5. I will write the ID number first and my habit is to write it twice (first at the top of the card and second across the right side of the card). The date is also a must. The topic of my writing depend on the recipient’s interest. Sometime it can be specific (about the culture/celebration in my countries, words of advice/encouragement etc) or general (weather, my hobbies /interest). If the recipients love the same TV shows, artists, books etc as mine I also write about them on my card. I write the address last. I never print any address so far, so writing a long address (with unfamiliar letters/characters) could be a challenge but I really enjoy it.
  6. Put on stickers. Usually I put at least one sticker (smiley face/cat/flower etc) on my cards.
  7. Lastly I choose the stamp and most of the time I will post all the cards the next day.
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Hi Postcrossers,

I was wondering, do you write your postcards first and then add the stamp(s) or do you add the stamps first and then write the postcard?

This question recently occurred to me because whenever I write the message on the postcard first, I find myself in a dilemma if I’m at the postoffice and there’s not enough room to add the stamps.

  • Do you write on the postcard first or put stamps on the postcard first?
  • Have you run out of space for stamps? If so, what did you end up doing?
  • I have seen some postcards with stamps that overlap on top of each other. Has anyone come across this? I didn’t know that stamps can be overlapped.

Thanks for any insights. :heart_decoration:


I stamp my cards first, especially if they’re international so I won’t put a stamp over some writing if I had written the card first.

1.) Stamps
2.) card ID#
3.) address
4.) write postard.

I’ve overlapped stamps before but not by much.


My order, especially for international cards:

  1. Stamps
  2. Priority sticker
  3. Address
  4. Card-ID

…and then my text :blush:


If I’m using just one stamp, I don’t mind whether it goes on before or after the address, because I can pretty much guarantee there’ll be lots of space left. If I’m using multiple stamps though, I do that before the address to make sure there’s enough room.

Then I do the postcard ID, date, and washi tape/stickers before writing a message :blush:

The order varies a bit depending on my mood and how sure I am about the decorations I’m choosing (if I have a Theme I’m excited about or a colour scheme I’m sticking too, the process goes a little faster and I tend to start with those). And if I run out of things to say, I might add an extra sticker on the bottom haha.

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I do stamps, ID, my message and address last. I leave the address until last because I found sometimes I would accidentally smudge the address if I wrote my message after, depending on what pen I used :face_with_hand_over_mouth:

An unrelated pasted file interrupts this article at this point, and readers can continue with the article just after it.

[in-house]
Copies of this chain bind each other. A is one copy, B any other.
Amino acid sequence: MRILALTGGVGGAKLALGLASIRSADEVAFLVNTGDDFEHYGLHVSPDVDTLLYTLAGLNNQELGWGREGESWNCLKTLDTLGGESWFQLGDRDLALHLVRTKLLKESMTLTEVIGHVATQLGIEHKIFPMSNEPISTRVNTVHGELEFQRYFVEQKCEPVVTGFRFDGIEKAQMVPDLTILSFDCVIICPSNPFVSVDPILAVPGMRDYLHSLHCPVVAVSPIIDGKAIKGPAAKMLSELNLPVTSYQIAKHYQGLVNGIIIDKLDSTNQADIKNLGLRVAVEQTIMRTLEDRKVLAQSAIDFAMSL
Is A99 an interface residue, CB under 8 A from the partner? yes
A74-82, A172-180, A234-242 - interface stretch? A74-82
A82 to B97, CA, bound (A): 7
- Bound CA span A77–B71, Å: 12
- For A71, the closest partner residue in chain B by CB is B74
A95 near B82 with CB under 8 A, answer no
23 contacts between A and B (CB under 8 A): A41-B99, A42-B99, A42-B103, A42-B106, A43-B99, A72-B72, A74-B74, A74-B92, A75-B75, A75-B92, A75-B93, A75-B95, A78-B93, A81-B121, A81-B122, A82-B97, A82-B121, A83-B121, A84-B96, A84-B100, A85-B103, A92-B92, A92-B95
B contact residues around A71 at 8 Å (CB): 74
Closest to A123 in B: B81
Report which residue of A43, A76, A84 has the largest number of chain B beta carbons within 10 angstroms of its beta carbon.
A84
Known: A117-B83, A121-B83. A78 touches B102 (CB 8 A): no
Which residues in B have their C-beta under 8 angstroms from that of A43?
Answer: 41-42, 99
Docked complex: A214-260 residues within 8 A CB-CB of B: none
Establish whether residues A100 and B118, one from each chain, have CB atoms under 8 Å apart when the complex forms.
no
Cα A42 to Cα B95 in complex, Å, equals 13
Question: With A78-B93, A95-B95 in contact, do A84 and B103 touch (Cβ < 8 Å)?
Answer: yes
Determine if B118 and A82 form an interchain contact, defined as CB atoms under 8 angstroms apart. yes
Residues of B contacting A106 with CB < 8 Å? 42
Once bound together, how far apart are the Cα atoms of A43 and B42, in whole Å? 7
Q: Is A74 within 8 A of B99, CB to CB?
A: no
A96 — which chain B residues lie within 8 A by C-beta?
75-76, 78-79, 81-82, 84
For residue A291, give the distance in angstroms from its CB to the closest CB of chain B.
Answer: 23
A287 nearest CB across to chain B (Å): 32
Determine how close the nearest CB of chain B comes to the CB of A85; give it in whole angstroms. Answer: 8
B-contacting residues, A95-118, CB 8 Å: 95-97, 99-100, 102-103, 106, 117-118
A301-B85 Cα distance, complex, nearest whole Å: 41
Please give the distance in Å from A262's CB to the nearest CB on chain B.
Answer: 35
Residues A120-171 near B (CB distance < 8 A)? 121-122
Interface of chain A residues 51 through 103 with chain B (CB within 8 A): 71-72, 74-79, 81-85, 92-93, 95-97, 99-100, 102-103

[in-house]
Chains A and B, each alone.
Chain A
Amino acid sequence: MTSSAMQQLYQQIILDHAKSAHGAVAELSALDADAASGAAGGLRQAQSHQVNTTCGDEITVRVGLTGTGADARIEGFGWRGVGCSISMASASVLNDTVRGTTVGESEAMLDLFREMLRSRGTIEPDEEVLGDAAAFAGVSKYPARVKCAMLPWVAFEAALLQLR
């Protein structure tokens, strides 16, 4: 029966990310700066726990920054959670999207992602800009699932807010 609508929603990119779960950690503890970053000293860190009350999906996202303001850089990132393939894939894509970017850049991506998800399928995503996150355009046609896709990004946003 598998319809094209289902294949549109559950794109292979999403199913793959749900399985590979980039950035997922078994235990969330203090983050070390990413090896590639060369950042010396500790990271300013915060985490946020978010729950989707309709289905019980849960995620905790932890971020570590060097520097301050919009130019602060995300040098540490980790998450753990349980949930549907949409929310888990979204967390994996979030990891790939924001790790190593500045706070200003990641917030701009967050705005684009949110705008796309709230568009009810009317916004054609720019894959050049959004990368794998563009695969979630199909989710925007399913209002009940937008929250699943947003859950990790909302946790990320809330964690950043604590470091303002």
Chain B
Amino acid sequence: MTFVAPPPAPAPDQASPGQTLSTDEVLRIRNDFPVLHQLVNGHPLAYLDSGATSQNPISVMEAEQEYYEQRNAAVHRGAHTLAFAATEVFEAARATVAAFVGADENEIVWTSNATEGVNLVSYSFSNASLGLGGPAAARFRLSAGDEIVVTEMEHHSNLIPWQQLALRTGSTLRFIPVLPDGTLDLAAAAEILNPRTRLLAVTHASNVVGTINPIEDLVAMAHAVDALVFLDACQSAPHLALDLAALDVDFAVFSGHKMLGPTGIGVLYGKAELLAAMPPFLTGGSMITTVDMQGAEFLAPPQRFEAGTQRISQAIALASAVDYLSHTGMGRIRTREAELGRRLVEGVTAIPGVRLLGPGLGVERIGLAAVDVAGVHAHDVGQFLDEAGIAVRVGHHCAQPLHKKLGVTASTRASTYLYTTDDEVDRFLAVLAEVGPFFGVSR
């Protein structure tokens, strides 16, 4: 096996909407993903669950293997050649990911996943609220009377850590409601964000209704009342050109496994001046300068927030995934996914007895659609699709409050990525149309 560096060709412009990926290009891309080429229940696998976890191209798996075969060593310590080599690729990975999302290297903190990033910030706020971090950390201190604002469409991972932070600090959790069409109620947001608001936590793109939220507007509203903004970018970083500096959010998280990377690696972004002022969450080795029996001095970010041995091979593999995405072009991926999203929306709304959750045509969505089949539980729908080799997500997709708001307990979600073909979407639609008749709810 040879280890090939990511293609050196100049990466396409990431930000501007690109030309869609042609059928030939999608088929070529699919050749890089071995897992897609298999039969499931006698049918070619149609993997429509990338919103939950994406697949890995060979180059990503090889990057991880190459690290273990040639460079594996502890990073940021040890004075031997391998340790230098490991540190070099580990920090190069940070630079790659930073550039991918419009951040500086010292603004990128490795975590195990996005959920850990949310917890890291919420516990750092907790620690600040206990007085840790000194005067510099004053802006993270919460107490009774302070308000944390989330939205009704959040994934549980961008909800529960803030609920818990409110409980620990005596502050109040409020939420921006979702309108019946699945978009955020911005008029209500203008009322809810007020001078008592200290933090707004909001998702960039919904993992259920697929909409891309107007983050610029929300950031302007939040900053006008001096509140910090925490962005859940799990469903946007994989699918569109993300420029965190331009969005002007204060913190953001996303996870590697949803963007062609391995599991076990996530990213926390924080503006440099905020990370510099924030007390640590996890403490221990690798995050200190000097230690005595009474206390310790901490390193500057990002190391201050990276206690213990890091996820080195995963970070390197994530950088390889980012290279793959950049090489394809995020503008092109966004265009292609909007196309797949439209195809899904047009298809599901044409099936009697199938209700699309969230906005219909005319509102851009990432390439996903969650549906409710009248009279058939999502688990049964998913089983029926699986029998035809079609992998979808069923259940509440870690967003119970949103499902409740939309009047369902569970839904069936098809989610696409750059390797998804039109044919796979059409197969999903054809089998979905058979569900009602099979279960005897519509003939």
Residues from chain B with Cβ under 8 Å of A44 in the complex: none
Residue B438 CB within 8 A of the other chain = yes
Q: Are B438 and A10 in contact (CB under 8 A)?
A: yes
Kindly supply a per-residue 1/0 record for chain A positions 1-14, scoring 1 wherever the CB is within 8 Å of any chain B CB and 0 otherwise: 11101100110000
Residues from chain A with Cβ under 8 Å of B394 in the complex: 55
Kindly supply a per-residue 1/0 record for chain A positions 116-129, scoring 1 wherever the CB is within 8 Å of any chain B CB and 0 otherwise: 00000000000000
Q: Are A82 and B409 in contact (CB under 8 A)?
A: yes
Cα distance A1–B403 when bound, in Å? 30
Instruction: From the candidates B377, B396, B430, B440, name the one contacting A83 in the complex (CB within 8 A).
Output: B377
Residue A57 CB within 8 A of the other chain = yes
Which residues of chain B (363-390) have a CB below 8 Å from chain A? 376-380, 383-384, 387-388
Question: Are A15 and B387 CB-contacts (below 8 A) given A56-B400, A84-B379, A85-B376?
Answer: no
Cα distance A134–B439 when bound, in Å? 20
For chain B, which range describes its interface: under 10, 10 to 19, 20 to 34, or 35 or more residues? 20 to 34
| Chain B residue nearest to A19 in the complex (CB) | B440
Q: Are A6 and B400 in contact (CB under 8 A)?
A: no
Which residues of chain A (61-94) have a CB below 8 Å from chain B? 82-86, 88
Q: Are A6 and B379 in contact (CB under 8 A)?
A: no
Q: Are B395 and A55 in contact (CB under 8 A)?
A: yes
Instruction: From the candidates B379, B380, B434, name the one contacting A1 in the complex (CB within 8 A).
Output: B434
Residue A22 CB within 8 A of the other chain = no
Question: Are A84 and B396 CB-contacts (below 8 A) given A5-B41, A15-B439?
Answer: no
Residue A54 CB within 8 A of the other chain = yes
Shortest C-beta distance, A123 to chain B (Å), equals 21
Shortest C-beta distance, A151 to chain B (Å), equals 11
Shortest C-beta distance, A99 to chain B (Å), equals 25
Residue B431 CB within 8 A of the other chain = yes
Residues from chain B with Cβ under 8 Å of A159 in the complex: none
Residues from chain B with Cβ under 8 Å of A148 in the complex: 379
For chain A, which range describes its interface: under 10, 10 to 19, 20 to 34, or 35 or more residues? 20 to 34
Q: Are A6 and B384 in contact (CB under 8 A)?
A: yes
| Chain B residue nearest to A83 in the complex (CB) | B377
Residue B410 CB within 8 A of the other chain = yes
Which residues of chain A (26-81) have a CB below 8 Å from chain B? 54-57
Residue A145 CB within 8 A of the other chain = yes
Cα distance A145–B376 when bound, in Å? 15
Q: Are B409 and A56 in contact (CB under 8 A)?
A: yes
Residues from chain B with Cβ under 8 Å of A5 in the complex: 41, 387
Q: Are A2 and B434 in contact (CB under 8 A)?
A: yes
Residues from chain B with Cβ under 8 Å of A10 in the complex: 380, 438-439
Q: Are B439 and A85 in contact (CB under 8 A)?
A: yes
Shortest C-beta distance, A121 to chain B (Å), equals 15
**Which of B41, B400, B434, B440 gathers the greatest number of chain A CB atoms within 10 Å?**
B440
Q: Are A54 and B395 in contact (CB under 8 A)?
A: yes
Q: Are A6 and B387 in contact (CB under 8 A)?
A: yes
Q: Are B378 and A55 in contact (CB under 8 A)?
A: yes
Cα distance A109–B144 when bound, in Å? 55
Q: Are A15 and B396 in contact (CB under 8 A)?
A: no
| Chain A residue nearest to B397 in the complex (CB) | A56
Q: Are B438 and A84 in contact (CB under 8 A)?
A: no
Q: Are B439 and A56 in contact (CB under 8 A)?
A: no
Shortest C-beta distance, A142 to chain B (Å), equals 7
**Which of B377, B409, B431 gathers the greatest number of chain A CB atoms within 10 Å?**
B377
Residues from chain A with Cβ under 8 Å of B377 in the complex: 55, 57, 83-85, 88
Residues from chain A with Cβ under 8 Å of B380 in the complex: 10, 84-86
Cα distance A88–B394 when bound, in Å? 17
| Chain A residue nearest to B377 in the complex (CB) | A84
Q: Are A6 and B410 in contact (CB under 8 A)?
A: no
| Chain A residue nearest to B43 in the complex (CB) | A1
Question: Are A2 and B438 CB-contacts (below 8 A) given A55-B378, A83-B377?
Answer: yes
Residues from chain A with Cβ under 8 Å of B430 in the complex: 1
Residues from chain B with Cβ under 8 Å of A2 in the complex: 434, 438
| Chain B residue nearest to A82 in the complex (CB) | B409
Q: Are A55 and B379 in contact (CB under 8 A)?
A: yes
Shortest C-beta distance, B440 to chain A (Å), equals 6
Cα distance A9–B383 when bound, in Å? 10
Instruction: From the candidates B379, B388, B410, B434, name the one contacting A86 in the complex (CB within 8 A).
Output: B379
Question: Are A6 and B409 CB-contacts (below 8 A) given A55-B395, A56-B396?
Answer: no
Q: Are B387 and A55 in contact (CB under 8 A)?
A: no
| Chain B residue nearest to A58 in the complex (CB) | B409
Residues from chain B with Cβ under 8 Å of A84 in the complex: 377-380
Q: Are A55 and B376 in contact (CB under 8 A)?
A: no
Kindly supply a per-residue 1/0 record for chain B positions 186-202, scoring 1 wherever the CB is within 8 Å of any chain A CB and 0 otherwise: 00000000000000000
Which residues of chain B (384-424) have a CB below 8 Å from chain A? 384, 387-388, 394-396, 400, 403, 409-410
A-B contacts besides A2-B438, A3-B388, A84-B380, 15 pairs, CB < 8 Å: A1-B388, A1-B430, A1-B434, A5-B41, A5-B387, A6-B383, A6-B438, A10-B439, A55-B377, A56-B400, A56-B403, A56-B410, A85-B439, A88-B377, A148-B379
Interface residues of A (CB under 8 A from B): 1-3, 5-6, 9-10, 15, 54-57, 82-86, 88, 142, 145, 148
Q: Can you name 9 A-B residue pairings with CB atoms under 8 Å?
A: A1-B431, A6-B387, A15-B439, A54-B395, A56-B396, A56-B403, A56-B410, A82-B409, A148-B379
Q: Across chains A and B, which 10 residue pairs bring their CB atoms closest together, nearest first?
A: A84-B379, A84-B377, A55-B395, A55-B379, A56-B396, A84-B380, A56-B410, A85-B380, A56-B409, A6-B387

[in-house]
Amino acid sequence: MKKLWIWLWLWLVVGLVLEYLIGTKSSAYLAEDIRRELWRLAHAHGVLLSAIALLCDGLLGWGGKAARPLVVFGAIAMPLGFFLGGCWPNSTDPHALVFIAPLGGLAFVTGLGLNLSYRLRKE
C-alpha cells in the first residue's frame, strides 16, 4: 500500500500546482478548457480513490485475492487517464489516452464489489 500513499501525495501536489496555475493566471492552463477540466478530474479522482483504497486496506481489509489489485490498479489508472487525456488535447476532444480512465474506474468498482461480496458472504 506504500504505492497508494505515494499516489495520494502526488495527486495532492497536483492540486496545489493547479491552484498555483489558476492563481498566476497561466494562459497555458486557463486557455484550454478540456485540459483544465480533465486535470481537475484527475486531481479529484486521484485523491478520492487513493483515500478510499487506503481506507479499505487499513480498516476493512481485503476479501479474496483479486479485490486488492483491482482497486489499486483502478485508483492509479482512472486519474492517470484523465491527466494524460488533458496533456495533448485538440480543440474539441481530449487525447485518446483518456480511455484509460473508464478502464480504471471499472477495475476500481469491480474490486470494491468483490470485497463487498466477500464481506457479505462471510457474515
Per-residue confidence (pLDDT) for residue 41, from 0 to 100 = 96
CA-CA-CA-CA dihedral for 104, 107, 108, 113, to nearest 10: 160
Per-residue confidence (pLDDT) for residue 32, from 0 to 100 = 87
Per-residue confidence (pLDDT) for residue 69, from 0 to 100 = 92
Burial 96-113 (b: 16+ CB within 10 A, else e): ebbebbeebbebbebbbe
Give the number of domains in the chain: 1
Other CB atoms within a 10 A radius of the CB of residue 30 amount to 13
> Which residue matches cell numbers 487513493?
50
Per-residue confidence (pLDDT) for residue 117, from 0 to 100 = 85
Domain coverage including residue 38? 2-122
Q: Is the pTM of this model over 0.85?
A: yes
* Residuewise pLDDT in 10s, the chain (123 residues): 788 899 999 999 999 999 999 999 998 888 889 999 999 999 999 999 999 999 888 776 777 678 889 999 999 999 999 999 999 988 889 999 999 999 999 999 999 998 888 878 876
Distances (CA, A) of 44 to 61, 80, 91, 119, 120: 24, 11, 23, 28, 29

If I have stamps at the time, I will always stick the stamps first. A lot of Indonesian stamps are large. And now I need to think about barcode stickers too. :grimacing:

If I don’t have stamps, then I will decide beforehand what stamps I’m going to buy and how many I need, then try to find out / remember their size before writing. Luckily my local post office always sell particular series of stamps so I know how big the space I need to leave. Also, I always make sure not to write anything important near the stamp area. So that if the post office have bigger stamps than I thought, I can just cover a small part of the greetings on the left side or the “To:” above the address. And if it’s still unsuccessful, then I go to other post office to find smaller stamps, or buy a single stamps / souvenir sheet with bigger value instead of the usual 2-3 regular stamps. So far I haven’t overlap the stamps yet. Maybe I will do that -just a little around the edges- if there’s really no other choice.

So my order is :
-Postcard ID


I always do the stamps first as I use 3 - 92 cent stamps (for outside North America) for variety & then it’s clear what space I have left for the address & then the text of the card.

I occasionally have seen stamps layered but I wouldn’t do it as it would defeat the purpose of sending 3 nice Cdn stamps - lots of Postcrossers appreciate a nice variety of stamps & some collect them off the postcard.

I’d never put more than 3 stamps on a card because you’d lose too much space for writing.

If you want as much writing/decorating space as possible just use the single int’l stamp.

I’m not a fan of the current int’l stamp so that’s when I started to use 3 - 92 cent stamps & I realized people appreciated a larger variety of stamps. It also makes it more interesting for me as we have lots of cool stamps.

Order your stamps online from Canada Post (there is a much bigger variety online than what most postal outlets have on hand) & then you can do your cards all up at home & then you just have to slip them into your nearest postal box.


Very interesting question, i stamp card first then, write Address, cause it’s very important part of card,so it’s must be done.
Then i write message on space which is left, sometimes very very less space but i manage to write something